Whitman news since 1896

Whitman Wire

Vol. CLIV, Issue 10
Whitman news since 1896

Whitman Wire

Whitman news since 1896

Whitman Wire

Exporting exams: does it kill the chemistry?

For many General Chemistry students, having to take the first test of the year at 2 p.m. on a Friday afternoon was aggravating, but the cross country runners enrolled in the course had an extra dose of agony. The cross country team was scheduled to leave at 12:30 p.m. for a meet in Salem, Ore. and the athletes who were enrolled in General Chemistry worked weeks beforehand to negotiate a testing situation which would allow the bus to leave as planned.

Cross country coach Scott Shields contacted the Chemistry Department and arranged for all but three of the athletes to take the test early in the morning. Shields offered to proctor the chemistry test for the remaining students at their hotel room in Salem.

“We didn’t want the students to take their exam on the bus, so we recreated a space for them to take the test in a private room in the hotel,” said Shields.

After arriving in Salem, the students took their exam at around 8 p.m. on the night before their race. First-year Annie Watters, who was among those that took the exam, wasn’t able to get to bed until she finished the test at 1 a.m. The athletes had to be up by 7:30 a.m. the following morning and Watters found herself, “dreaming in numbers and equations,” rather than getting mentally prepared for the race.

First-year Skye Pauly didn’t think taking the test in a hotel room was so bad.

“Taking the test [in a hotel room] actually wasn’t too bad except for the party going on in the hotel room next door to us,” she said.”I think the situation was fair considering we couldn’t have taken the test otherwise.”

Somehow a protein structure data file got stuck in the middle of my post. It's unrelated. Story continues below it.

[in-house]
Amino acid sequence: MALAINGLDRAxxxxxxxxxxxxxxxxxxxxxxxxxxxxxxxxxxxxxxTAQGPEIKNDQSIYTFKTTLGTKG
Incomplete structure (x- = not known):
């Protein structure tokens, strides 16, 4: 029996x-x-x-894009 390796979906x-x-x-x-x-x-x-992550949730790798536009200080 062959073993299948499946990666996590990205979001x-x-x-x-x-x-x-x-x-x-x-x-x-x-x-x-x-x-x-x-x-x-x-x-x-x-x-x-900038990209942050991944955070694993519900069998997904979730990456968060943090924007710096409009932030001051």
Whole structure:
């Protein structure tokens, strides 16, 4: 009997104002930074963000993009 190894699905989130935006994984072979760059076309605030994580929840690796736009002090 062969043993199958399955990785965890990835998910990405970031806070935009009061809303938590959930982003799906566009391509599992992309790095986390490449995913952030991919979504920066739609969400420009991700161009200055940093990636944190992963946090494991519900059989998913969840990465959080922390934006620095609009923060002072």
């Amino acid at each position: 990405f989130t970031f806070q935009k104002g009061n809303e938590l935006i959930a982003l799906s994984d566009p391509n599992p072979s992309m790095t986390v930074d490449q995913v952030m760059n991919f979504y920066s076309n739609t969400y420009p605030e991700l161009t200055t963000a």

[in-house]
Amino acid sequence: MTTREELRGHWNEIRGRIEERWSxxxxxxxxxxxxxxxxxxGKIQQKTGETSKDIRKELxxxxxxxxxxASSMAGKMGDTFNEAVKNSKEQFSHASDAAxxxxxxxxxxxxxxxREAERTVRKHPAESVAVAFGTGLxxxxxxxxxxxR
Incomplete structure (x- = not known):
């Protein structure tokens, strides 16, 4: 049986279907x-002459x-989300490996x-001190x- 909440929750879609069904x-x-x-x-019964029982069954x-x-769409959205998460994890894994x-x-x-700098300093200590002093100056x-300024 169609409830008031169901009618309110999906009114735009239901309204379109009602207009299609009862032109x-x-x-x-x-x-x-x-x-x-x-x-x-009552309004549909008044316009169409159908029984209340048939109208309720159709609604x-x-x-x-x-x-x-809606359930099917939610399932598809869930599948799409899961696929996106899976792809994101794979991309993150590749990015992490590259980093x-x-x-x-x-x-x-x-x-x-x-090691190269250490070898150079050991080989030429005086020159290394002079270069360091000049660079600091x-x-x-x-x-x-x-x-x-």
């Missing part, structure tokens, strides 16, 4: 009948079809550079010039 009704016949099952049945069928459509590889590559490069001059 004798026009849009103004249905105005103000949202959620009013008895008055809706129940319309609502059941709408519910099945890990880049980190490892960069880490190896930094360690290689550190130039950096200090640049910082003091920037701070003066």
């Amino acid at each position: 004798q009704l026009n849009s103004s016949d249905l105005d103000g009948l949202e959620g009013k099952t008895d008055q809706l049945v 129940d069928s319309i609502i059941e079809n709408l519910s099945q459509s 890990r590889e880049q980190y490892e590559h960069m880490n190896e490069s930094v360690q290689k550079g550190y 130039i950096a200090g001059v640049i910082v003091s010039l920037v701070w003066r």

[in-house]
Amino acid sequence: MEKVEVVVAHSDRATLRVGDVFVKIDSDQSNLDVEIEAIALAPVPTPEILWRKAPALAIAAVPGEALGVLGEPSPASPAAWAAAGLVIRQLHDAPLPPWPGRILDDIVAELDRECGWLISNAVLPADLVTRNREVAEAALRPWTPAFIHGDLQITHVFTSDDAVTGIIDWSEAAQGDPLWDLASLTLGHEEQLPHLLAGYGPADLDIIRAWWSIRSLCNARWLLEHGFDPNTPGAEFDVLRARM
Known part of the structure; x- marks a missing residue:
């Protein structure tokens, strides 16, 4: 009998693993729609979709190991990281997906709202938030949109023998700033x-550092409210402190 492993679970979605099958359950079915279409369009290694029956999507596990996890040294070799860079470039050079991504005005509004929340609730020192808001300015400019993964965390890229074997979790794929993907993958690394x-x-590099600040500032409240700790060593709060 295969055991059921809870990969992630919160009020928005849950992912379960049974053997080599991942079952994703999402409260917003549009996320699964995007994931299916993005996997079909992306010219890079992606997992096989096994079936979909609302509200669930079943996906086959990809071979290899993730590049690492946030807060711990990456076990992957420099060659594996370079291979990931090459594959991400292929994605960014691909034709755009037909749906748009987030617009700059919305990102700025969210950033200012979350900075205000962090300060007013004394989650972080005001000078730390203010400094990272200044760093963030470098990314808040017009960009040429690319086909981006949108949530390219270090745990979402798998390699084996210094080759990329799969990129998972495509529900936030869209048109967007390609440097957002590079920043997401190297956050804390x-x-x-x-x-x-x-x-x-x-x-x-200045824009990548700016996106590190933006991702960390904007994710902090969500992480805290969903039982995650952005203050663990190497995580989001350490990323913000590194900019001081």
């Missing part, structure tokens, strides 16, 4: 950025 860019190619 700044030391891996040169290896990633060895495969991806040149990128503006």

Most of the cross country runners who took the General Chemistry test were first-years, and for many of them this was their first  college  test.  Those athletes who were able to take the test before leaving campus had the anxiety-inducing burden of making sure they were packed and ready to leave while squeezing in a study session the night before.

The students do not have their test results back; they will soon find out if the hectic testing situation had an impact on their performance.

Testing situations like this are uncommon but are not unheard of.

“All coaches at some point in their career have to proctor tests,” said Shields, who was also the Whitman’s women’s soccer coach for eight years. “And it’s not just coaches; any professor who takes kids away for long periods of time has to be responsible for making sure students are accountable for the same work as their peers.”

Senior Kristen Ballinger opted to take an organic chemistry test she missed while on an airplane on her way to the national cross country meet last year.

“I could have taken it at the hotel but chose to take it on the plane after I had raced. It was more stressful and difficult to concentrate . . . taking the test was an extra thing to worry about leading up to the race,” said Ballinger.

Like the first-years who had taken off-campus exams, Ballinger felt that taking the test while traveling was the best compromise. But she also expressed doubts.

“Because coaches are so willing to proctor tests, it puts students in a position where they may be encouraged to make the wrong decision for their own well-being.”

As Whitman students strive to balance their academic commitments with their extracurricular passions, inevitably situations like these will arise in which no choice seems truly optimal.

Ballinger offers one word of advice to any student considering taking an exam while off campus.

“Never choose to take a test [in] a moving vehicle.”

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